How do you settle a class after lunch? Sure, lunch and recess are important parts of the school day, but if your class comes back into the classroom jumping around like they’ve got ants in their pants after either, well, let’s just say welcome to the club (we hide our snacks in the bottom left drawer of our desks)! The much-needed breaks in the school day for both you and your students typically mean you’ll have to regain classroom control and calm that hyper class. The best way to do that? Bring out the calming activities for kids!
Calming Activities for Kids
Although this is a big transition period in the school day, you don’t need to spend a lot of your precious instructional time on settling your class after lunch or recess. Our team of teachers has put together some simple calming strategies that can work wonders with your elementary schoolers after lunch.
Play Calm Music for Kids
First up? The research is solid on playing calm music for kids when they return to the classroom, reducing students’ blood pressure and muscle tension, slowing their heart rates, and even increasing their attention spans.
We love this Spotify playlist with calming music that’s child- and classroom-appropriate. With songs from the live-action Beauty and the Beast movie, Alicia Keys, Jack Johnson, and more, the music isn’t kid-specific, but that makes it more pleasant for you, and with more than 100 songs, you can pop around to find your students’ favorites.
Try Yoga for Kids
Yoga helps children slow down and focus, and it can be the perfect calming activity to try with your class of energetic kids to bring them back down to a level of energy that’s just right for learning.
Not sure of the yoga moves? That’s ok! Check out these adorable Yoga Poses for Kids posters for 16 different moves that you can do with your class during a transition.
Work on Handwriting
Who would have thought handwriting could be a way to calm children after lunchtime? Believe it or not, there’s research to back this one up!
Handwriting is a slow, repetitive task that requires concentration and helps students slowly adjust back to the quiet energy of the classroom. This might not work as a calming activity for every kid in your class, it’s about finding ways that work for your group of students.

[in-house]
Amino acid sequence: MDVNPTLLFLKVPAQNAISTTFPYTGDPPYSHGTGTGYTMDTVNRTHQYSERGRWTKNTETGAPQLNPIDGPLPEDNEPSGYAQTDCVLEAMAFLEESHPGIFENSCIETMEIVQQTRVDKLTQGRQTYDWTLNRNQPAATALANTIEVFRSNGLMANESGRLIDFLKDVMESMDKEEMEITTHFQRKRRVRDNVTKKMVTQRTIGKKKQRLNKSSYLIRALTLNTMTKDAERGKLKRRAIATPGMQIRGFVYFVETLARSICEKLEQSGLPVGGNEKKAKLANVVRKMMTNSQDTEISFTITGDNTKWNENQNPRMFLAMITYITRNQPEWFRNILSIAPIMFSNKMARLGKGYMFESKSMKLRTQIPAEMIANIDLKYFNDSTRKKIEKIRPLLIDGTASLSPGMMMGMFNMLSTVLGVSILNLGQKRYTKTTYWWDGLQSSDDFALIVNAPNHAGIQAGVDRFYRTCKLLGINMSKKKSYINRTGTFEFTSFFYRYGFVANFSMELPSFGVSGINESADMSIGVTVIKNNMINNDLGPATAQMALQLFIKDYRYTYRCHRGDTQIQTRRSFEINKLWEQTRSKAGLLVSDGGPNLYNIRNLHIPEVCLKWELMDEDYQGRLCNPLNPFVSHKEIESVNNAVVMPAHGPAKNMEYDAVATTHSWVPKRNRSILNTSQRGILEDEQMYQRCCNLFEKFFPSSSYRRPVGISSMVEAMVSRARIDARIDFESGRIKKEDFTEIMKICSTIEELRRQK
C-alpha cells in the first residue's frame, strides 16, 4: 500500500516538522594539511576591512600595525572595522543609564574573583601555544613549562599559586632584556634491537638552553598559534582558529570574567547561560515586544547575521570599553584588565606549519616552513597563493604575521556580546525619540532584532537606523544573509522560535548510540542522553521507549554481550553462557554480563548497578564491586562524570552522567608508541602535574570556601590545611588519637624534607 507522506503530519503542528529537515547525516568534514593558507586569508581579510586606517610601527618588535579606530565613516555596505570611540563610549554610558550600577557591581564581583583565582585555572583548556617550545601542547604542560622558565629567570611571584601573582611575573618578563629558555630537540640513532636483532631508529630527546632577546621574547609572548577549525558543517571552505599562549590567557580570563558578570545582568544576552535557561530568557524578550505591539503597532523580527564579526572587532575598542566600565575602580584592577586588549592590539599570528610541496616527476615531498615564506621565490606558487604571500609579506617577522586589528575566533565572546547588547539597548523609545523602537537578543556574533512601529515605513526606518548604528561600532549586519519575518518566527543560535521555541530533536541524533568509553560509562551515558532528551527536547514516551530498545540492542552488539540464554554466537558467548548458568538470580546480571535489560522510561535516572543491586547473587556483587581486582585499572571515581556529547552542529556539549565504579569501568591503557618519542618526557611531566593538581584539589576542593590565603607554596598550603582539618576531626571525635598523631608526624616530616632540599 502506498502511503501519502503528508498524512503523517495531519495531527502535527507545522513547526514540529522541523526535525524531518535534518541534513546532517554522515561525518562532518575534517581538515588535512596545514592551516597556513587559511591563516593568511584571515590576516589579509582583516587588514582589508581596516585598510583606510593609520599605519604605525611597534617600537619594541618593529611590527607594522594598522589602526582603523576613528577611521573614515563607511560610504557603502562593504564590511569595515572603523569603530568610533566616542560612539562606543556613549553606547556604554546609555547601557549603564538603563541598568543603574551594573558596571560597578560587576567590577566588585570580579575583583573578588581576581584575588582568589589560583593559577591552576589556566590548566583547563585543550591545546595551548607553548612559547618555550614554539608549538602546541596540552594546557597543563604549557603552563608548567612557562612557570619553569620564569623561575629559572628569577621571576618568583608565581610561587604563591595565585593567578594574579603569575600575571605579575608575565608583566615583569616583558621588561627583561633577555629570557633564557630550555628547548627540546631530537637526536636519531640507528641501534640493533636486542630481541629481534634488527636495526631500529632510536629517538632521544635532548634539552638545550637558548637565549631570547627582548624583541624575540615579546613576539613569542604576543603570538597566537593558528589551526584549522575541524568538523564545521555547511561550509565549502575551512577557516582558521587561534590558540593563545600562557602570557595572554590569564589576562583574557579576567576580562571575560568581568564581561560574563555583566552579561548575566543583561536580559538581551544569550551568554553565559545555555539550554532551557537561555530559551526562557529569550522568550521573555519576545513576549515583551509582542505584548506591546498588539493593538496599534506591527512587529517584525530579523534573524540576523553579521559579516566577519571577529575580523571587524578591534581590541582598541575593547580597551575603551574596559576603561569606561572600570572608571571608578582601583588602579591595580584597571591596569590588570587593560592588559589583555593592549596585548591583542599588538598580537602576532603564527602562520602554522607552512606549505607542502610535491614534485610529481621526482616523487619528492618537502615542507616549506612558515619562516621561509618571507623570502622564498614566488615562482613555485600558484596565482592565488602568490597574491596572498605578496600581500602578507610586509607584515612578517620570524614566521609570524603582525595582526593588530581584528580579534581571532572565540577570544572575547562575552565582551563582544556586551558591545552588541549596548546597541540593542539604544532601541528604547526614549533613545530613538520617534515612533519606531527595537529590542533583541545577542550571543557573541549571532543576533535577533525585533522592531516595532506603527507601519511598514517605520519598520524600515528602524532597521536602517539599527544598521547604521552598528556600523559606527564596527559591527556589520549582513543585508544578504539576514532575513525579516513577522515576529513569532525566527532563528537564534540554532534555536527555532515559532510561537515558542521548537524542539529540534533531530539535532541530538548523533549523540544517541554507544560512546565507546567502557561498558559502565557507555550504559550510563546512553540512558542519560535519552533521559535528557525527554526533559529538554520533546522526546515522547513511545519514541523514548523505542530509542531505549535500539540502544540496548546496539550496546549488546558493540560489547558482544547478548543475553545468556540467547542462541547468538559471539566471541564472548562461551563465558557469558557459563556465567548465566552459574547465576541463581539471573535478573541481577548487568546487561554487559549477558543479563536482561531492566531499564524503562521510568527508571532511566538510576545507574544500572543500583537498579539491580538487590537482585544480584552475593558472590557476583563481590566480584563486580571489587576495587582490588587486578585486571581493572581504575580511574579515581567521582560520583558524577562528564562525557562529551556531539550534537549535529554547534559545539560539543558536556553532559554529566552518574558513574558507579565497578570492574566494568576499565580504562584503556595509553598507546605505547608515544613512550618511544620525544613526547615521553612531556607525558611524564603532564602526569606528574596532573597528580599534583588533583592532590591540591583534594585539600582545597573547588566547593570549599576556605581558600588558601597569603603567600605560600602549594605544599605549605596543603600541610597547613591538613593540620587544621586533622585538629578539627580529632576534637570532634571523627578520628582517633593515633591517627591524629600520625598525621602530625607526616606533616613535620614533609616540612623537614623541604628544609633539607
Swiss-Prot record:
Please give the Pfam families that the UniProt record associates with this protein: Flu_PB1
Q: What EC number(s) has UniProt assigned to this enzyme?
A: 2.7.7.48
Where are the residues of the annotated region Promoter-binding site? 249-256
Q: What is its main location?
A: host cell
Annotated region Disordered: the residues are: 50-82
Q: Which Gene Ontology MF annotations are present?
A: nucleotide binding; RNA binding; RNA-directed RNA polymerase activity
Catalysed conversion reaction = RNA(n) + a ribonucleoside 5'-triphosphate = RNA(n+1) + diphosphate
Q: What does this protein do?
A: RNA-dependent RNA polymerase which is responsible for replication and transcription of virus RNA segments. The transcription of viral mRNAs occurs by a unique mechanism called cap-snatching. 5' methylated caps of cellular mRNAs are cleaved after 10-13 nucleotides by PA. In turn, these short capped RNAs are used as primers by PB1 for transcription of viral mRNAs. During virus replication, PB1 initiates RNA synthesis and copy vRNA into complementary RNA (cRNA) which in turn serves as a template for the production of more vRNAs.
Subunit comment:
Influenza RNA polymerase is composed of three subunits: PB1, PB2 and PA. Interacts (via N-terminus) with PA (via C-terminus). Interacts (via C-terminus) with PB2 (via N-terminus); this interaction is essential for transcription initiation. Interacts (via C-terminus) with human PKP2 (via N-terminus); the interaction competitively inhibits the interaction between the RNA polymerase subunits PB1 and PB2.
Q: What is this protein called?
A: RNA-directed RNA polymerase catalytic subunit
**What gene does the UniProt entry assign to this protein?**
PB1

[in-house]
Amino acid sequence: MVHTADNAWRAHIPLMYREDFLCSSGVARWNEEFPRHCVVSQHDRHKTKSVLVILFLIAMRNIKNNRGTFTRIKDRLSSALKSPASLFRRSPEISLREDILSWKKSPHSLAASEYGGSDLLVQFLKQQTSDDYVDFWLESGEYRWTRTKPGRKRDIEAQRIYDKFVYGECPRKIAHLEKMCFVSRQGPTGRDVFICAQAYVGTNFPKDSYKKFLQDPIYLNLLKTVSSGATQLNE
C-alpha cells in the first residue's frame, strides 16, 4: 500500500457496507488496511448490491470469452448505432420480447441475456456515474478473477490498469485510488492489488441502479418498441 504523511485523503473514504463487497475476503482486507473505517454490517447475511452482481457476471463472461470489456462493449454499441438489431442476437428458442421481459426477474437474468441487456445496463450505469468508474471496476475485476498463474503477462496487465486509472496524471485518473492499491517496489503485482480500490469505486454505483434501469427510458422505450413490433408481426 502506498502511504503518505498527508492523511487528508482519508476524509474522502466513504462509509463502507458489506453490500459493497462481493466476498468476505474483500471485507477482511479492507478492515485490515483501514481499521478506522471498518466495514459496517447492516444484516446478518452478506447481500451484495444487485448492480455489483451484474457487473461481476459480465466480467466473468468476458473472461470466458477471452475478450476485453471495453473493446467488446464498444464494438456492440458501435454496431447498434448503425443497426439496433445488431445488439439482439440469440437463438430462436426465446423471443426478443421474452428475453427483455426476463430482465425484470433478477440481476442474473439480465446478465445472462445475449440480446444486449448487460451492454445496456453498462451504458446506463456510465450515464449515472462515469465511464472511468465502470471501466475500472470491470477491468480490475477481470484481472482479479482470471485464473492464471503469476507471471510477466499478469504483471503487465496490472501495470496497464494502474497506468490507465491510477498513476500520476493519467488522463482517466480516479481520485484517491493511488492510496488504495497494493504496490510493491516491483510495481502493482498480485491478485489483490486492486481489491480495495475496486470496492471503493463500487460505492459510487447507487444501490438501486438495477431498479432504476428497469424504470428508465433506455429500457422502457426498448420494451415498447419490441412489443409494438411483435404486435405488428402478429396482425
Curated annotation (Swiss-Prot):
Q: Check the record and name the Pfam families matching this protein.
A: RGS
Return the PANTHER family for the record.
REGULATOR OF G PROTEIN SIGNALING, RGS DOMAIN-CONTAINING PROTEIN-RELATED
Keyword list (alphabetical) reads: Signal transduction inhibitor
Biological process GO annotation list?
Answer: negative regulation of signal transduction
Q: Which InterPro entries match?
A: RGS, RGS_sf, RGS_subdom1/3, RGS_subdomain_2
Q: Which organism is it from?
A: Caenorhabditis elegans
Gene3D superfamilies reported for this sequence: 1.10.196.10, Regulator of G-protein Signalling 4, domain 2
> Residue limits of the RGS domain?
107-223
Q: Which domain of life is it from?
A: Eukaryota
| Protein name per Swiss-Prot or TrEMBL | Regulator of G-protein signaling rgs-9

Choose from a variety of handwriting sheets to get your students started, whether they’re just learning letter formation or practicing their cursive to earn their pen license!
[resource:4791498] [resource:4701945] [resource:4113594]
There’s a reason they make coloring books for adults these days: It’s a great activity to calm the body down. When children have been in a loud cafeteria with their friends, talking and laughing and engaging all of their social skills, it is nice for them to come in and focus on something just for themselves.
Coloring is a low-stress activity that allows students to focus, calm down, and release their creative potential. Best of all, it’s not competitive!
Choose from a variety of coloring sheets that you can download and print now!
Focus on Breathing
Breathing exercises are another powerful calming activity for kids that can empower them to self-regulate their emotions. Encouraging children to sit quietly and focus on their breathing is a quick-and-easy strategy to calm your students after lunch, and you can print out task cards that will lead students in some simple mindful breathing exercises.
You can also try this fantastic mindful breathing activity video, available on the Teach Starter YouTube channel:
Dim the Lights
Turning down those bright fluorescent lights is another great trick to help calm your students! This is a nice way to set a calm ambiance and help the students get ready for the afternoon learning session.
Provide Sensory Objects
Sensory tactile objects or fidget toys provide something for children to hold and touch while they refocus and gain control over their emotions. Keep a “calm down tool kit” in your classroom filled with a range of sensory tactile objects and allow your students to grab whatever they need as they file back in after lunch or recess.
Recycle some plastic bottles, and pop in some water with other items that will sink and float such as marbles or environmentally friendly glitter to make your own sensory bottles.
Hold a Classroom Debrief
Sometimes, children need to talk! They need to tell you that they had a leftover birthday cake in their lunchbox today, or that a classmate yelled in their ear. Perhaps they found a lost shoe at lunchtime that they want to tell you about…
Setting 10 minutes after lunchtime to sit around in a circle can make a real difference in helping kids transition back into classroom-mode.
Shutterstock.com / Anna Nahabed
One of the members of our teacher team kept a toy turtle in her classroom to help with this (Turtle the Talker). After lunch, the kids would sit in a circle and pass Turtle the Talker around the room. Those children who wanted to talk or tell a story would hold on to Turtle the Talker until they were ready to pass it on to another child.
Read a Book Out Loud
Do you read books aloud in the classroom as part of your lessons? Schedule those read-alouds for right after lunch as a calming activity for your kids.
Let your students relax and listen to a story, and encourage them to visualize what is happening in the story. Allow them time to unwind and focus on something different. It’s amazing how just one story can assist students to calm down!
If you have a smartboard, consider adding something calming for students to view such as a stunning aquarium visual with beautiful, relaxing music. This is a beautiful option:
Encourage your students to sit at their desks and listen to the music.